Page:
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“PPPs, the road to the SDGs?”, a book for the PPP practitioners

06 Sep 20
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I have written “PPPs , the road to the SDGs?”  to fill a gap in the existing PPP literature. On the one hand, quite a few theoretical or academic books on PPPs are available. They provide a general view on the purpose and the mechanics that drive PPPs and as such represent a must-read for all those that are looking for a general introduction to PPPs.  On the other hand, a wealth of articles and case studies describe successes (more often than failures) of PPP projects.

What is largely missing is how you go from the principles of PPPs to the completed project. In other words, what are the challenges and difficulties that the PPP practitioner has to cope with and should overcome to succeed? As we all know, PPPs are complicated, and if there existed somewhere a cemetery of the good PPP ideas that never came to fruition, this place would be more crowded that the world of the living projects. Considering the difficulties of PPPs, the places where PPP practitioners can share experience and gain real life useful advice are surprisingly few. This is by the way the background that led to the creation of the World Association of PPP Units and PPP practitioners (WAPPP); another avenue for a developing country PPP Unit is to take advantage of technical assistance projects or capacity building plans which are mostly funded by donors. The limitation to these programs is that they take time to get implemented and their schedule does not necessarily coincide with the immediate issues a PPP Unit is faced with. The end result of all these is that it is difficult for a PPP unit officer or a policy-maker to get immediate responses to very concrete issues arising from the will to undertake the design and rolling-out of a PPP program.

“PPPs, the road to the SDGs?” is an attempt to fill this gap. I have tried in this book to put on paper my experience as a PPP adviser to PPP units that extends over several continents and many years.  By nature, this is not a handbook with a systematic approach; it is also not a collection of case studies. It is rather largely based in a pragmatic way on collected essays and reports that were written at the request of clients and beneficiaries to address their immediate needs. It contains general considerations and contributions, sector issues as well as practical description of a range of tools that are central to the everyday life of a PPP unit. This variety of contributions can be of interest not only to PPP units management and staff, but also to public officials, and more broadly to a wider audience interested in PPPs, such as corporations willing to better understand the reasoning behind the PPP units decisions, NGOs that need to assess PPP projects, journalists and the general public. To my knowledge this type of insider material is practically never made public.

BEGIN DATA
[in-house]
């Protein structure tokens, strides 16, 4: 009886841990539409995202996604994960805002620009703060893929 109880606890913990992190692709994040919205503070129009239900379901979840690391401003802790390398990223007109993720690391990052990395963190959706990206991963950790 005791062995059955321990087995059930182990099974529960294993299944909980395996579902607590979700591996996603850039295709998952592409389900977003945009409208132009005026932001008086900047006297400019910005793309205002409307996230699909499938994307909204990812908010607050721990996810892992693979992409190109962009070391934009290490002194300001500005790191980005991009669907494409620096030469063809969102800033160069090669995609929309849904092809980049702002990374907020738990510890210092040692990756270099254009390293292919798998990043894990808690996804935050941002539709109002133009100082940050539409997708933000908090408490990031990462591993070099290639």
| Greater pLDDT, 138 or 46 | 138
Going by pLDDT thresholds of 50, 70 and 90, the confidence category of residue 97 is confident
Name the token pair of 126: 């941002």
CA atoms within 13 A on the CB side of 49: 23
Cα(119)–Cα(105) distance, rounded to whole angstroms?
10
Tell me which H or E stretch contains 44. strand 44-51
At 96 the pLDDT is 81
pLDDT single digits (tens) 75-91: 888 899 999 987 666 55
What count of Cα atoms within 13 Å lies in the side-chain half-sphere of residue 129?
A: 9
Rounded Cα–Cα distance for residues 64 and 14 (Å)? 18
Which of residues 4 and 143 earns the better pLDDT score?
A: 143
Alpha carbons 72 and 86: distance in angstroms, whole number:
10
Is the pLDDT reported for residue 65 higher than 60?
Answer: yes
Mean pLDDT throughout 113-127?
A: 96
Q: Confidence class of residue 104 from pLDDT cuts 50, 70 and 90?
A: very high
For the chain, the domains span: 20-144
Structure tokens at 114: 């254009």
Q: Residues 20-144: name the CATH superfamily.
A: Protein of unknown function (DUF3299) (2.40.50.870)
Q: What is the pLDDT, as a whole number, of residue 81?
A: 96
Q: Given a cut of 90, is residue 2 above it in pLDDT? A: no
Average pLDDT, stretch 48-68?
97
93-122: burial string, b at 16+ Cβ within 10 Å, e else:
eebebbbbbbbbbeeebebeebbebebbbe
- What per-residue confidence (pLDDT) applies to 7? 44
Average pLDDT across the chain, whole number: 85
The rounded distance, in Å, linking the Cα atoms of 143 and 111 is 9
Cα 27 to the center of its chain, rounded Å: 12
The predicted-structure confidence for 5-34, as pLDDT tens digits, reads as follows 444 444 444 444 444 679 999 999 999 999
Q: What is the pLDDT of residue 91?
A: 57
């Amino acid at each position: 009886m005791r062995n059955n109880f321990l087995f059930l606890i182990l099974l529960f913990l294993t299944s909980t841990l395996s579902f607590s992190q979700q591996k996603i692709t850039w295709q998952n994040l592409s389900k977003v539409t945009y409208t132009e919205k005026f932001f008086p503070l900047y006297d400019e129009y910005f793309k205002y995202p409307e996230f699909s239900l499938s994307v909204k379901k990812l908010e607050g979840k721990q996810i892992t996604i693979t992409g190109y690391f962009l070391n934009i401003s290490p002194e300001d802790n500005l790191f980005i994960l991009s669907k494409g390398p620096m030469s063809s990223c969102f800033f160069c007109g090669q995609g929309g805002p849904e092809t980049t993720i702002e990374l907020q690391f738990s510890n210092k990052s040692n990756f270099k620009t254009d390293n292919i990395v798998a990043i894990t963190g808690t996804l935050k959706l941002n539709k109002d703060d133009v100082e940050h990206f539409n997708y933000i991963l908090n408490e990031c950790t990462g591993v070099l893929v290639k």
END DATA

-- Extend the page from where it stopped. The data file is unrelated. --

Geoffrey Hamilton , head of PPP program at UNECE,  said in his foreword to the book that “I sincerely  hope this work […] will help its readers  to implement more and better PPP projects that will serve the interests of those most at needs.”  Somewhat similarly, Ziad Hayek, President of WAPPP, asserts that “I am convinced that this book will add a significant contribution to our shared efforts in promoting and developing successful PPPs”.

The paradox is that the countries that most require PPPs in view of  their infrastructure deficit and scarcity of public capital, are also the countries  where the challenges to successful PPPs are the most difficult to overcome. The international community should scale up its effort, not necessarily with more money but with more experience sharing, practical capacity building and mutual support. The book is intended to support these efforts with a true and honest approach that manages expectations and provides guidance all along the way of the project cycle.

Book available at


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